Meanwhile in the real world those of us using the lasers have figured out that bevels need to be at much much lower settings and we either scrape the eneamel with a spoon or air abrade, diamond scrape etc the margins.

    Why cant researchers ask real world clinicians to look at the design (M and M) of their studies to make them more clinically relevant to us. I know that Hack amongst other things taught me to look more closely at the M and M – in so many cases it just has very little clinical relevance to how we are doing things in the real world.

    I actually like the literature search that I do every few months. I read the abstracts, occasionally get an article for download (got one yesterday on diodes and periodontal therapy) and read it to find out if there is clinical science to back up what I am doing in the real world.

    It shows how far the pioneers in this field are out there, when we are 2-3 years ahead of the researchers trying things out. Its also amazing how many times the research eventually shows that the stuff we bantered around on LDF and to a lesser extent on DT helped solve problems and that eventually the research backed up our claims.

    For Er:YAG eventually a study will compare power settings on enamel and look at microleakage……guess what they will find.

    Largest microleakage will occur with higher energy settings.

    Lowest will occur with caries or less settings , slightly defocussed with scraping of enamel or AA on the enamel to remove loose prisms.

    Its just a shame that we as clinicians have such a good idea how to do a relevant study but the researchers in their ivory towers keep missing the mark that clinicians have figured out a LONG time ago.

    All the best


    #9593 Reply

    Robert Gregg DDS


    I know what you mean.

    It is the nature of acdemicians to feel that clinicians have nothing to contribute. It is their bias on the heirarchy of evidence that all discoveries stem first from basic science instead of an observed clinical phenomenon. I’ve been seeing it just as you so eloquently described for the 15 years I’ve been using lasers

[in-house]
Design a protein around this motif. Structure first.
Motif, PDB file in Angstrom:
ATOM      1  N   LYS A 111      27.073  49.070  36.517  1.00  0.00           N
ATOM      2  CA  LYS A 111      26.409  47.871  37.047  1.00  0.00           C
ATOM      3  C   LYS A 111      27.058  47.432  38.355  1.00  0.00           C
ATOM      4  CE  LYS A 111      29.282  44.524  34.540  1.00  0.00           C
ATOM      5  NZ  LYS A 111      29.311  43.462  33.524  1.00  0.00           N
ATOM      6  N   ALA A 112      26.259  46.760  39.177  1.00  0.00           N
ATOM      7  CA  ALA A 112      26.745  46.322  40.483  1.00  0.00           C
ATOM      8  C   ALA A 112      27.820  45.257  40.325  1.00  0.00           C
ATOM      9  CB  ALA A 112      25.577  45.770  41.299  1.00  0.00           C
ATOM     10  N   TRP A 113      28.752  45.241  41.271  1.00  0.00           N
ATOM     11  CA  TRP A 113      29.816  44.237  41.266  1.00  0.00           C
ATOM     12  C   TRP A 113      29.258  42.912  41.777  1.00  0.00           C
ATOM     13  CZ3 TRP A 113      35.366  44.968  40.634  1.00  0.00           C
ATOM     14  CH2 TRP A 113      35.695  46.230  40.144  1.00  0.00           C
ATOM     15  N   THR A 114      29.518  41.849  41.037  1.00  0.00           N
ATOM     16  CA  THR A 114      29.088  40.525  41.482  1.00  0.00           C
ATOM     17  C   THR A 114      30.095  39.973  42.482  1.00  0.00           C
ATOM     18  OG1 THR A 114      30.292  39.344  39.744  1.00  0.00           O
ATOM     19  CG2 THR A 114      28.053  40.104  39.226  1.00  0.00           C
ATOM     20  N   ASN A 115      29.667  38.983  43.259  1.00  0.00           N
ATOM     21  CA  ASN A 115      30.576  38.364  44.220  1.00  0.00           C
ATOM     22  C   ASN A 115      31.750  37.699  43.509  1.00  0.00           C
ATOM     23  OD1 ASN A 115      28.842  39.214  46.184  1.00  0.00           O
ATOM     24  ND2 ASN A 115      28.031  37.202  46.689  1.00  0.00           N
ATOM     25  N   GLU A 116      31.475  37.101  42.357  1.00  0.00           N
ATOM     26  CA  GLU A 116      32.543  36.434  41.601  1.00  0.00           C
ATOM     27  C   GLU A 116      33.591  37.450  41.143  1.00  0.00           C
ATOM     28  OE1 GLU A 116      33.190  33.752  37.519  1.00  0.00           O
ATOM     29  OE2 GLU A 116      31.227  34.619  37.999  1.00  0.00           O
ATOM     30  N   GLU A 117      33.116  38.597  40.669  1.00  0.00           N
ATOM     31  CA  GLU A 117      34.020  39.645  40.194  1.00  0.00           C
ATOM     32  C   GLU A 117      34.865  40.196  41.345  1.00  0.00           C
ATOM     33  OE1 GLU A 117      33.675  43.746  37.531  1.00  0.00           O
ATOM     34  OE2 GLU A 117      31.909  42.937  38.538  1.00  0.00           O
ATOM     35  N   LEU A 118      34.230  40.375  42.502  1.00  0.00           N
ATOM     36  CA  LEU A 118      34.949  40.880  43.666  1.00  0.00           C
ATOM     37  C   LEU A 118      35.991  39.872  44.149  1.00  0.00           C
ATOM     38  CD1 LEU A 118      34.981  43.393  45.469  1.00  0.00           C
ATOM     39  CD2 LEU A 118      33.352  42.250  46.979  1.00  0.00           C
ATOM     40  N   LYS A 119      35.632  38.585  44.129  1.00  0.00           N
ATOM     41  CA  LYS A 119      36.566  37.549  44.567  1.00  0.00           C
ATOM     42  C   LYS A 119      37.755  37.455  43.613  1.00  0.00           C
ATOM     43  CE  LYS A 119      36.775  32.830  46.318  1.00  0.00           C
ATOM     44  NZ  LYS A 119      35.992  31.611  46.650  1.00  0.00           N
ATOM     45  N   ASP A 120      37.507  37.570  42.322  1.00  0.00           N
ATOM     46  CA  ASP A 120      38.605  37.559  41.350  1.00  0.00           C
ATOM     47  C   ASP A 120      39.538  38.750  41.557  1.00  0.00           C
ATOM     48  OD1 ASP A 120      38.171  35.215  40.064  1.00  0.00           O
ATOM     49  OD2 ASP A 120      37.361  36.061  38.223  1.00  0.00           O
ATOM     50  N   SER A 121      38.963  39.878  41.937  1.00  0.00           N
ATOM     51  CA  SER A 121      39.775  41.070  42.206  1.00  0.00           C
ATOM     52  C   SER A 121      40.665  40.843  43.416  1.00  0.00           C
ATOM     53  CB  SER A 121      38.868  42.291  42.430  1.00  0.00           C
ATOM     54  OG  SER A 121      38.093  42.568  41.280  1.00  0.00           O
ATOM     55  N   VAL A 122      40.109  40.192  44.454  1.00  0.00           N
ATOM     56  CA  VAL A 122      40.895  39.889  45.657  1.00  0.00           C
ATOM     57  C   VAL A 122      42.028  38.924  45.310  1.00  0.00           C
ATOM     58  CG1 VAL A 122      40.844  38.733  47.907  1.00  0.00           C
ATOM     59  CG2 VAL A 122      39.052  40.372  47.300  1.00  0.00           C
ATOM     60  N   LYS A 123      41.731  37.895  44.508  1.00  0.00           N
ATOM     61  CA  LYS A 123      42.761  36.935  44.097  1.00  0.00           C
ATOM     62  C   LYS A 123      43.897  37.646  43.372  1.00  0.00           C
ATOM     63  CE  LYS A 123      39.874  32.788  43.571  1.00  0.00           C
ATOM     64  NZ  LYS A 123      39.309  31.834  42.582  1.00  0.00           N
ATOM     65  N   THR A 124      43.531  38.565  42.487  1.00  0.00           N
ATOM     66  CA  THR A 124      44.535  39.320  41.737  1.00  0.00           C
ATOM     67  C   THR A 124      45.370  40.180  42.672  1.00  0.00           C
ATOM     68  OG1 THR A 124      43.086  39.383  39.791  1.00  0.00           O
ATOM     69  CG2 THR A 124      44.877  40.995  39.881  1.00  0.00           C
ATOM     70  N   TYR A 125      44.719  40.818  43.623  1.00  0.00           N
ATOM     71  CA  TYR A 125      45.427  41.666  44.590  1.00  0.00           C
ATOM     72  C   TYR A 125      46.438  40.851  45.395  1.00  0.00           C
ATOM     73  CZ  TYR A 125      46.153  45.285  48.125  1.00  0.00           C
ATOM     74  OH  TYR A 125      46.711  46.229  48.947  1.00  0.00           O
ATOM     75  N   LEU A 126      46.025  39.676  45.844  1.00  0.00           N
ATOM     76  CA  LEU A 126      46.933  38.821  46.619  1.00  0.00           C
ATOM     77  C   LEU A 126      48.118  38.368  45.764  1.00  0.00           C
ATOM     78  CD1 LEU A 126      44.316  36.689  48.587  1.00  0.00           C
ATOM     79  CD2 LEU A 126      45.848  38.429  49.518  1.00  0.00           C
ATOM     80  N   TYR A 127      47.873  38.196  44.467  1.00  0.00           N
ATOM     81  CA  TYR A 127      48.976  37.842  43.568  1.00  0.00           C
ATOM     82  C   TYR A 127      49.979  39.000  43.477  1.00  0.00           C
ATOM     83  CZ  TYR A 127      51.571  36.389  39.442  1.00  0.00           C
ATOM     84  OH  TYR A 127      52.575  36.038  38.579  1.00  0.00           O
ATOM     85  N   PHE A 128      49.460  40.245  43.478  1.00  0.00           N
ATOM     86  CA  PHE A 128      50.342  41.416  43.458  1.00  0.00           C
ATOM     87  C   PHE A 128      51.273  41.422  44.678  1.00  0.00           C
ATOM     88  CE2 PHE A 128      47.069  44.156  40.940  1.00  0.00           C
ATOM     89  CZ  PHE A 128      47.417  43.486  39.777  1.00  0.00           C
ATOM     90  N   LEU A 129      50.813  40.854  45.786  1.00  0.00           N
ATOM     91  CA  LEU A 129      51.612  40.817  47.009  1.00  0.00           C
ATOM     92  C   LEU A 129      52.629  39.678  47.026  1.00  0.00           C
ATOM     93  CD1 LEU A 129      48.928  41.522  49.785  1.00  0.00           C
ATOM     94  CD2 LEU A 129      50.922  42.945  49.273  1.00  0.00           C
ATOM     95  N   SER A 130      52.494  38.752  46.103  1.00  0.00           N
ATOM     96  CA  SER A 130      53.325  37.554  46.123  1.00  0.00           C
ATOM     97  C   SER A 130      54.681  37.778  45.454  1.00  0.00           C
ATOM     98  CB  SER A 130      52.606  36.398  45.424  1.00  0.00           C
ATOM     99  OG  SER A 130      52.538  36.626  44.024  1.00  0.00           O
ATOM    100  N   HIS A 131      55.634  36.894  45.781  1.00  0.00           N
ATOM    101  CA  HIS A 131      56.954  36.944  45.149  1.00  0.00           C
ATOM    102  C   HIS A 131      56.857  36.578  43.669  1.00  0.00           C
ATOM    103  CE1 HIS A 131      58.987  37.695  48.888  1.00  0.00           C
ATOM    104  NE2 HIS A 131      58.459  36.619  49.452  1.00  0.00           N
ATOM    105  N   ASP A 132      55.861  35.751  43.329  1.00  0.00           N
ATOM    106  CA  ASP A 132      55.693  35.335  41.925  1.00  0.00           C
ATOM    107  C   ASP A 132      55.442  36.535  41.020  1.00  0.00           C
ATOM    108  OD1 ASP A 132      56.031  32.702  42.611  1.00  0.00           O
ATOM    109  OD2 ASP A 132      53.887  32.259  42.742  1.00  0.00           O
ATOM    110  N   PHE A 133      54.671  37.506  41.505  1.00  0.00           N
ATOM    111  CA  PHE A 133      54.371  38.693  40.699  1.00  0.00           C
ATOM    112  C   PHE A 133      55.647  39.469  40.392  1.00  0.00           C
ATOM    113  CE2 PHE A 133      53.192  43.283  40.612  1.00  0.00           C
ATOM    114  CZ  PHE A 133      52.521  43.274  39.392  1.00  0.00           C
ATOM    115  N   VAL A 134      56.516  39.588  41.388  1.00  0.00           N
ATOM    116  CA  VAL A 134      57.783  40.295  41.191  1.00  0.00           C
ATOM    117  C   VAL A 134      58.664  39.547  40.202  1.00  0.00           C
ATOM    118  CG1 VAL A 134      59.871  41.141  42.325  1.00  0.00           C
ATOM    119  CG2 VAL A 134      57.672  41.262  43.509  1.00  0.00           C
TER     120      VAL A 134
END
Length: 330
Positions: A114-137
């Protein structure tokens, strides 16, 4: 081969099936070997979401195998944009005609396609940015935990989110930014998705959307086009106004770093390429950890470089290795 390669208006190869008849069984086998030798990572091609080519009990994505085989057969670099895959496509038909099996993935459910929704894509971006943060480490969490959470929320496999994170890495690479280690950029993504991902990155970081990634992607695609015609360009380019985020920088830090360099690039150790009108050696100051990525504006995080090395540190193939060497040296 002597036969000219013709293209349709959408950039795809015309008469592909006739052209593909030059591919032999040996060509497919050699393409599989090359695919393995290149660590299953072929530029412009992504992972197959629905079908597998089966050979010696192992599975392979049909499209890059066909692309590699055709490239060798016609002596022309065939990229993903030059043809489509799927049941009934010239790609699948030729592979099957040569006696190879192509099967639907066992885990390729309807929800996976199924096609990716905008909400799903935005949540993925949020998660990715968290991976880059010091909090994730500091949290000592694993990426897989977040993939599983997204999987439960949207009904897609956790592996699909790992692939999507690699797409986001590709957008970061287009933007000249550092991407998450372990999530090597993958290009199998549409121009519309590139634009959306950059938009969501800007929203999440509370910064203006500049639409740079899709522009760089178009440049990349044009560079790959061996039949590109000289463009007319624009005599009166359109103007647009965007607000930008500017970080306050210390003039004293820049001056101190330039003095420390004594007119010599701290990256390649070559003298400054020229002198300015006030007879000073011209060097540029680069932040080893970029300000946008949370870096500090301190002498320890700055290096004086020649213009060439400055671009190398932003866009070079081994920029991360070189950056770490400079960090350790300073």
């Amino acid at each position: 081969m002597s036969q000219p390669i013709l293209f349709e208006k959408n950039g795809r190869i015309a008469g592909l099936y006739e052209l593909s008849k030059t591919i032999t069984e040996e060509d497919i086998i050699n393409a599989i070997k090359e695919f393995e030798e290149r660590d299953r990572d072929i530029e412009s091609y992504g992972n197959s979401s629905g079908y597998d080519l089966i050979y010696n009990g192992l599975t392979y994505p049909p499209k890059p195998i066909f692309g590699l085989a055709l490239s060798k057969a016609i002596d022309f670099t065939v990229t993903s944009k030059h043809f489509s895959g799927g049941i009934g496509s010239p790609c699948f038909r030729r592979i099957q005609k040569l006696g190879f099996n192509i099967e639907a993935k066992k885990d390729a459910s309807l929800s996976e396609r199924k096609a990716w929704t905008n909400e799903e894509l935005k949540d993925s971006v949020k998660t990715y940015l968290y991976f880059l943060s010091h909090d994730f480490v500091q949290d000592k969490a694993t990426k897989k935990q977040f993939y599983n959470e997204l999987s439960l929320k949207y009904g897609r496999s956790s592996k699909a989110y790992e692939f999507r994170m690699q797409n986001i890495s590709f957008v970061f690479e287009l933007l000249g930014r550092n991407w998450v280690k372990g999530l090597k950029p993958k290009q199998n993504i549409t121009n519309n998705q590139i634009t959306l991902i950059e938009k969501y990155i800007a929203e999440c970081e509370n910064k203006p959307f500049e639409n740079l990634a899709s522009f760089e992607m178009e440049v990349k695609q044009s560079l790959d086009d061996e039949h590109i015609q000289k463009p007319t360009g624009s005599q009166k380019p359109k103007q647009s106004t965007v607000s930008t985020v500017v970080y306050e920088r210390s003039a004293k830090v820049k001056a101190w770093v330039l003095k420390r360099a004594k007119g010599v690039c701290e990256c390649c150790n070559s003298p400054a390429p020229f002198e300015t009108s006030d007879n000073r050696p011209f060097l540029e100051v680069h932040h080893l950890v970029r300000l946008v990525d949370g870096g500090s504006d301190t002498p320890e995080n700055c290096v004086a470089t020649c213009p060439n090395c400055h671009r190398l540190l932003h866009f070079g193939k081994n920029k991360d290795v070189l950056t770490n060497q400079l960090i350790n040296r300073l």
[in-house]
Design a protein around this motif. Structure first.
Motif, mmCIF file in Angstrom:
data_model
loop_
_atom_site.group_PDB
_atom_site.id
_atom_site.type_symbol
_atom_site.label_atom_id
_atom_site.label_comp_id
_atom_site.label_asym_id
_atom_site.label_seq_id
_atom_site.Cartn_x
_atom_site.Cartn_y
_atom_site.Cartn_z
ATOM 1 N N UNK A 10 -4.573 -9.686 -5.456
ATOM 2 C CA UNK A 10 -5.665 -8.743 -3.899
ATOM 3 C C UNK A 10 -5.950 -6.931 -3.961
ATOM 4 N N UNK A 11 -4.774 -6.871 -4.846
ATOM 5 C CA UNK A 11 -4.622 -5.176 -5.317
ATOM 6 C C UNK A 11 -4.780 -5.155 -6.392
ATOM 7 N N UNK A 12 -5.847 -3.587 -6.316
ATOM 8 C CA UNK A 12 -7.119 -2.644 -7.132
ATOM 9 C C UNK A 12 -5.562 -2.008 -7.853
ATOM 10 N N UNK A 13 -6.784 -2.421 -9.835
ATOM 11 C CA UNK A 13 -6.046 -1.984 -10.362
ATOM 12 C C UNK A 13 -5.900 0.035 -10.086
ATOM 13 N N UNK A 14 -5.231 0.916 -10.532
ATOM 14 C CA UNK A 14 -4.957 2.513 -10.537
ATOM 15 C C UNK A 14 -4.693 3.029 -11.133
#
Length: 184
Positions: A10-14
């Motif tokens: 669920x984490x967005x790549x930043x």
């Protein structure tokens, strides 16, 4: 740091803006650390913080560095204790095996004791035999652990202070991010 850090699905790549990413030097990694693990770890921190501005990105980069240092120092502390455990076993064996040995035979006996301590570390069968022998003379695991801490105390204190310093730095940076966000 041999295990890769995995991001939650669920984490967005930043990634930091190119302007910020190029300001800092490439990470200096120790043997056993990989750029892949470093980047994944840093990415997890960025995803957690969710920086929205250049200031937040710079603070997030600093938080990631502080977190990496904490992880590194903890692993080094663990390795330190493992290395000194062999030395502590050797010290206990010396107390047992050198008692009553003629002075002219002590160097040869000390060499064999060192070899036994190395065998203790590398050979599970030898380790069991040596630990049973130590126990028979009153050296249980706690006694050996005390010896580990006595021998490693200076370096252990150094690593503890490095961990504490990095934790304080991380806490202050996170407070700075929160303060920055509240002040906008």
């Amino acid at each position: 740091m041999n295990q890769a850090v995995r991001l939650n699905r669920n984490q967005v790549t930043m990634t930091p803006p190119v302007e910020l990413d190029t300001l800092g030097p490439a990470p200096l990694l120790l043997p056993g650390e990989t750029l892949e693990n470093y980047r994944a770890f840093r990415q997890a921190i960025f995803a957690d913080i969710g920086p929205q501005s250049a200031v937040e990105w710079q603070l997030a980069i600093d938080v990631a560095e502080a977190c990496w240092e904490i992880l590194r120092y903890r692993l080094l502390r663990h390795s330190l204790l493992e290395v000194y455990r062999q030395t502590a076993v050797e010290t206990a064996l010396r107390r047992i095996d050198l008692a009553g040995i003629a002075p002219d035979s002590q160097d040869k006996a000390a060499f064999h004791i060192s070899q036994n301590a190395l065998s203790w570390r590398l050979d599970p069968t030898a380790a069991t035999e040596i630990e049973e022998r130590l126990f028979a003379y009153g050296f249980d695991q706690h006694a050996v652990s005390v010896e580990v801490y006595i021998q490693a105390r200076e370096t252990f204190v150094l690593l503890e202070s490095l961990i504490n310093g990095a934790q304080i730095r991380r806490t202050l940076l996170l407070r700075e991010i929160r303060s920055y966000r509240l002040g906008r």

Early adopters have been pretty good at adjusting their intra-operative parameters and getting around some manufacturer originated deficiencies in dosimetries.

    Why do they (academicians) listen so intently to the operating parameters that a PhD came up with on extracted teeth or dead cow tongue?!

    They need a Glenn van As or Ron Kaminer, or a Mark Colonna or an Eric Bornstein. Sometimes they listen, but usually only after considerable time has passed and they are so many frustrations with the manufacturer (and academically “researched”) recommended settings.

    Look at Nd:YAG and perio. The entire WORLD of lasers experts–save but a few like George Romonos–decided years ago (thanks in part to poor research desgin and execution by the UMKC studies and irrational negative bias of Zachariasen and Dederich) that Nd:YAG was the worst wavelength for perio. A dangerous Nylad Laser 35 with 800 usec and fixed 50 Hz didn’t help (again manufacturer-based and designed parameters)

    Del and I just said, “How can they be so sure of their conclusions and be so emphatically wrong?”

    So much of what Del and I have done, and continue to do with respect to science and research, is to overcome the ingrained negative conclusions by those in academia and research about Nd:YAG and perio.

    All that could be much less if university investigators would partner with clincians like we have done with Prof Yukna and is research team.

    Arrogance and exaggerated self-importance by academic researchers prevents many from partnership, from my humble observations. And often when it does happen, the university researcher wants to take all the glory and dismiss their clinical partners. We went through that as well early on with someone we thought was trustworthy. Not Ray Yukna. It’s been a great partnership that continues to benefit both entities.